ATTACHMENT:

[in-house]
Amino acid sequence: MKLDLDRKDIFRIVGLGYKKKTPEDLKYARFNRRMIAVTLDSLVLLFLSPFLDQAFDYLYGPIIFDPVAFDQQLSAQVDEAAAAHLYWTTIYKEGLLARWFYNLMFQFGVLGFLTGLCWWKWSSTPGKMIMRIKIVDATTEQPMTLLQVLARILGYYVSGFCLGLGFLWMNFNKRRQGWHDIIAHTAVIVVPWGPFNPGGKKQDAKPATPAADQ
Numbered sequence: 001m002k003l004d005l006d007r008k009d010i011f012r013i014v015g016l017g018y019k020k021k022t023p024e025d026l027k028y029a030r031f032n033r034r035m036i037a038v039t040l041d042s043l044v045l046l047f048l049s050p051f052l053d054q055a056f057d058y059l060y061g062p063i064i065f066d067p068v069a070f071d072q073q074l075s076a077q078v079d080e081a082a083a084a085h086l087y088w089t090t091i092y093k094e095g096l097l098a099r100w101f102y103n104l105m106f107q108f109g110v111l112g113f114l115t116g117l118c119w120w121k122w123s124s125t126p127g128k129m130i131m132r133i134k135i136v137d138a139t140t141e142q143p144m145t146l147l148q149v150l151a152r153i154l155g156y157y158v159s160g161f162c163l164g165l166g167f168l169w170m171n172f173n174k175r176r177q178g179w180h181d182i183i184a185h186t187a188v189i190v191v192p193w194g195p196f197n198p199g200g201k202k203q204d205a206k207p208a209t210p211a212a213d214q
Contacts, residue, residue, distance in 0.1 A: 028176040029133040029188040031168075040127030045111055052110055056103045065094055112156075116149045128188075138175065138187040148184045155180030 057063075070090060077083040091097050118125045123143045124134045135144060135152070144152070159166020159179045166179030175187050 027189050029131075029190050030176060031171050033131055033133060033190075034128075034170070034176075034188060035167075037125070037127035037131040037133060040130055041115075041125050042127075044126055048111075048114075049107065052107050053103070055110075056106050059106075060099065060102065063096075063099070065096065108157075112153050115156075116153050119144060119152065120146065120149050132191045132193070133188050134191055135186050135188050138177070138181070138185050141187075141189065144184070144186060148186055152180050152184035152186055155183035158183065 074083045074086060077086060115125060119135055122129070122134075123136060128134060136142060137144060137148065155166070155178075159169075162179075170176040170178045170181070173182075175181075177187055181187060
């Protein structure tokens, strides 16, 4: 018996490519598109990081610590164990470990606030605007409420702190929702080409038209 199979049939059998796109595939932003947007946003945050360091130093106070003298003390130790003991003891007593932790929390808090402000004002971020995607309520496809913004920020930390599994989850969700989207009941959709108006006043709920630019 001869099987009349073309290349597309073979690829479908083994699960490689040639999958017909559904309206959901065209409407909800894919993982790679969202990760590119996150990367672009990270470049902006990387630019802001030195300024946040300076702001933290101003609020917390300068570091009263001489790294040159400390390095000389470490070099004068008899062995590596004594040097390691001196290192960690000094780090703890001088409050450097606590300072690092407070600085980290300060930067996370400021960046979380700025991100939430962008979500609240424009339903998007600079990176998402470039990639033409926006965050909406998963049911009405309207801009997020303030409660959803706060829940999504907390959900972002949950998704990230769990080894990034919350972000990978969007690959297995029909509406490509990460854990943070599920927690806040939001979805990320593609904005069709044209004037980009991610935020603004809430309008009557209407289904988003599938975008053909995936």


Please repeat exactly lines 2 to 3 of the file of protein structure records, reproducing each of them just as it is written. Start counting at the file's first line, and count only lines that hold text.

Amino acid sequence: MKLDLDRKDIFRIVGLGYKKKTPEDLKYARFNRRMIAVTLDSLVLLFLSPFLDQAFDYLYGPIIFDPVAFDQQLSAQVDEAAAAHLYWTTIYKEGLLARWFYNLMFQFGVLGFLTGLCWWKWSSTPGKMIMRIKIVDATTEQPMTLLQVLARILGYYVSGFCLGLGFLWMNFNKRRQGWHDIIAHTAVIVVPWGPFNPGGKKQDAKPATPAADQ
Numbered sequence: 001m002k003l004d005l006d007r008k009d010i011f012r013i014v015g016l017g018y019k020k021k022t023p024e025d026l027k028y029a030r031f032n033r034r035m036i037a038v039t040l041d042s043l044v045l046l047f048l049s050p051f052l053d054q055a056f057d058y059l060y061g062p063i064i065f066d067p068v069a070f071d072q073q074l075s076a077q078v079d080e081a082a083a084a085h086l087y088w089t090t091i092y093k094e095g096l097l098a099r100w101f102y103n104l105m106f107q108f109g110v111l112g113f114l115t116g117l118c119w120w121k122w123s124s125t126p127g128k129m130i131m132r133i134k135i136v137d138a139t140t141e142q143p144m145t146l147l148q149v150l151a152r153i154l155g156y157y158v159s160g161f162c163l164g165l166g167f168l169w170m171n172f173n174k175r176r177q178g179w180h181d182i183i184a185h186t187a188v189i190v191v192p193w194g195p196f197n198p199g200g201k202k203q204d205a206k207p208a209t210p211a212a213d214q